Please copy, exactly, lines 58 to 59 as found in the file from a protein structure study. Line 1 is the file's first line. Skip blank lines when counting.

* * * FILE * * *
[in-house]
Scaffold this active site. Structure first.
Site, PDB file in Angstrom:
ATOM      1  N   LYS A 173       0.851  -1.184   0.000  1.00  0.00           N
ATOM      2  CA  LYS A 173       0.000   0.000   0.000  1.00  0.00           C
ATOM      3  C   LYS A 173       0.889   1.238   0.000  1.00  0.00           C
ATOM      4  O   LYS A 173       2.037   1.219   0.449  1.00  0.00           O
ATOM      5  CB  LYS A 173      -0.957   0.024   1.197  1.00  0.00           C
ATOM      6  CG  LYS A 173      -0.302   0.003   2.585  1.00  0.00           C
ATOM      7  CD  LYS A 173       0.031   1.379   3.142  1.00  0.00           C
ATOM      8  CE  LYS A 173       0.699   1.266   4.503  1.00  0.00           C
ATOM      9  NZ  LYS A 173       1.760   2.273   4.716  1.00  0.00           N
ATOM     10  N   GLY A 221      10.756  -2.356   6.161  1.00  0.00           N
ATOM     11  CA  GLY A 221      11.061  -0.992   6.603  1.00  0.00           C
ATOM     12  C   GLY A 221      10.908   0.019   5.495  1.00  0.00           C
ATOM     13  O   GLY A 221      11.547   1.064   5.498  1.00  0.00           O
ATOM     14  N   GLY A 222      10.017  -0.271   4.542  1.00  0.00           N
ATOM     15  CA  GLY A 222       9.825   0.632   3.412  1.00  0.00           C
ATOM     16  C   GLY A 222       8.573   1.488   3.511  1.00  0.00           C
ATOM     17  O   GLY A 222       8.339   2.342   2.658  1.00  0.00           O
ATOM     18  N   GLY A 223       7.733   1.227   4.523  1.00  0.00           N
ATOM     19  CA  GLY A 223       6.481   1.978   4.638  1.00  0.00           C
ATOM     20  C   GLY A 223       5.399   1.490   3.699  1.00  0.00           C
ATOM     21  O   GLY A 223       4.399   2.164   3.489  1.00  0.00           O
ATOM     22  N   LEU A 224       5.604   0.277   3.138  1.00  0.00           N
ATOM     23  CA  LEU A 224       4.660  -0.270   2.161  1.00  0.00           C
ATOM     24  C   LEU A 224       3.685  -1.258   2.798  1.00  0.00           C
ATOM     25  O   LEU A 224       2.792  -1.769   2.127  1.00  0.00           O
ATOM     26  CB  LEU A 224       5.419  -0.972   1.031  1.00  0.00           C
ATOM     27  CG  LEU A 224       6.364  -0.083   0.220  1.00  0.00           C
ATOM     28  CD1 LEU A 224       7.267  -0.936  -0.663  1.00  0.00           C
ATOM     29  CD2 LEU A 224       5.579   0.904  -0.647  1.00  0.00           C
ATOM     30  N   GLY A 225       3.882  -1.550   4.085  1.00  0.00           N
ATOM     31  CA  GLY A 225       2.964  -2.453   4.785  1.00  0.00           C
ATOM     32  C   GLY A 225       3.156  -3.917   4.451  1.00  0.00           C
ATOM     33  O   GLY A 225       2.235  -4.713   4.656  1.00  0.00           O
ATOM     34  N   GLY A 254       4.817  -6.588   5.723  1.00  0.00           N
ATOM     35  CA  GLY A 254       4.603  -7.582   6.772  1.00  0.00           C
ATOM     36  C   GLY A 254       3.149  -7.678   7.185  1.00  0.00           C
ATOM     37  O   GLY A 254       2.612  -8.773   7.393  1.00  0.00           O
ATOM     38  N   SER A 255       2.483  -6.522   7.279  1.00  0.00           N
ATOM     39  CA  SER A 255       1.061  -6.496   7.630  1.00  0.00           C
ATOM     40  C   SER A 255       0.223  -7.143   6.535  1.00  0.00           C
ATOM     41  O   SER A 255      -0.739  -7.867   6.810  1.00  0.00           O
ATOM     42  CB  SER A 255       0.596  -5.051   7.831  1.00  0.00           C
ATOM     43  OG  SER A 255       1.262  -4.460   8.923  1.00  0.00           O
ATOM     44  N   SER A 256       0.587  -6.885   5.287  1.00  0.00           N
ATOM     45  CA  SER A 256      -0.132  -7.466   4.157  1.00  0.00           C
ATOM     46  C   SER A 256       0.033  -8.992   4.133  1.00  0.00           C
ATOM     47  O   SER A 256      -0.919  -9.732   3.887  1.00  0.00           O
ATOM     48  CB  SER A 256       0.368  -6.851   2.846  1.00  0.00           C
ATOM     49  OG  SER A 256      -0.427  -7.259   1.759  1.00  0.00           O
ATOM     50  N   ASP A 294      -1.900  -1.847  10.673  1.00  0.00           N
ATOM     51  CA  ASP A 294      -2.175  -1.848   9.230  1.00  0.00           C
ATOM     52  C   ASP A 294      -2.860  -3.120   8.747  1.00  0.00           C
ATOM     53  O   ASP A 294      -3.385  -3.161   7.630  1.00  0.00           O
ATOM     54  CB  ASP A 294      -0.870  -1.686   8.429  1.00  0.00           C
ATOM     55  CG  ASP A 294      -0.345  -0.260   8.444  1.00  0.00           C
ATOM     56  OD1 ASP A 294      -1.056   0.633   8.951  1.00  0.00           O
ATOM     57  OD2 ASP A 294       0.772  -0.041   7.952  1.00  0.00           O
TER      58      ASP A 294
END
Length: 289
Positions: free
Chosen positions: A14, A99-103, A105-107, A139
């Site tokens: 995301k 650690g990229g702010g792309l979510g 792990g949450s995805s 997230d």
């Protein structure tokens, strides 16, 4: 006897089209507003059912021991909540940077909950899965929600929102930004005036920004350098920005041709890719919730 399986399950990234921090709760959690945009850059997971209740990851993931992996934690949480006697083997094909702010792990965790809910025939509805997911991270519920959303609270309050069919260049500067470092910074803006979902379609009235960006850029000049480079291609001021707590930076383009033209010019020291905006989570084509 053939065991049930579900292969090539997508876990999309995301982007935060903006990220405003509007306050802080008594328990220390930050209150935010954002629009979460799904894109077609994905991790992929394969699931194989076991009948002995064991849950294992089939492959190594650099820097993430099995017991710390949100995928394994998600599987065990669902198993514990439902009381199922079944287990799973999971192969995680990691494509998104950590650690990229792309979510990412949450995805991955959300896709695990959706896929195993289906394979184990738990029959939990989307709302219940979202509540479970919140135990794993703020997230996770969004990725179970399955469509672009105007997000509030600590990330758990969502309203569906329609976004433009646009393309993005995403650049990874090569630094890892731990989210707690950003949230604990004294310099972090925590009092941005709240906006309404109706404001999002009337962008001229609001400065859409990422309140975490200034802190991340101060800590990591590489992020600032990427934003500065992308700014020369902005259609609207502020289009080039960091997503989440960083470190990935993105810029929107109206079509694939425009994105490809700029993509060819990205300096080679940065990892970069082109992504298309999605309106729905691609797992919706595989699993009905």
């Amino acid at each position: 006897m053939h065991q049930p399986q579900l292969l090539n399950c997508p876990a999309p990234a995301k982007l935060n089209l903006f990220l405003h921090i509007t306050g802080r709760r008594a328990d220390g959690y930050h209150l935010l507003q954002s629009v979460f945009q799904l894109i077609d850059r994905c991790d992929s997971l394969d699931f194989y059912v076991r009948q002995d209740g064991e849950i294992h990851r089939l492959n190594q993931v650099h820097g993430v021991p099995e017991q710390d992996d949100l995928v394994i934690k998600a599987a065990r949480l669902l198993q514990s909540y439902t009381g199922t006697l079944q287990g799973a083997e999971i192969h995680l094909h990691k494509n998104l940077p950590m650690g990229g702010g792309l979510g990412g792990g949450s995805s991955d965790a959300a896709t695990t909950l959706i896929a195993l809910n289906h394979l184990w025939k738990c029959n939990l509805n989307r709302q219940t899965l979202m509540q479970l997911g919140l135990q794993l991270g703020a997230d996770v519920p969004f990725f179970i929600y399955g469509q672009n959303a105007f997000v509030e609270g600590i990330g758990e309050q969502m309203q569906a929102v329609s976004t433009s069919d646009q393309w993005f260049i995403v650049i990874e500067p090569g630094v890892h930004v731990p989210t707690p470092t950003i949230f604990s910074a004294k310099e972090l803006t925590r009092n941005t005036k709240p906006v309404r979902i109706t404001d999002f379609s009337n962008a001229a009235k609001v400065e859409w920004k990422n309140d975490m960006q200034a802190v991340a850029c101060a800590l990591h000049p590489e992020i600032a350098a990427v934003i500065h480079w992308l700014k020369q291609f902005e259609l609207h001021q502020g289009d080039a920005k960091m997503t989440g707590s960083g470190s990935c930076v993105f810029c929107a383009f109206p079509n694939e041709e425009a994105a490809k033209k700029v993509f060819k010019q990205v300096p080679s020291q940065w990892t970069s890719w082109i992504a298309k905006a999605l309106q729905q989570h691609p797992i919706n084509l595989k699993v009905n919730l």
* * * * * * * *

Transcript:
ATOM     55  CG  ASP A 294      -0.345  -0.260   8.444  1.00  0.00           C
ATOM     56  OD1 ASP A 294      -1.056   0.633   8.951  1.00  0.00           O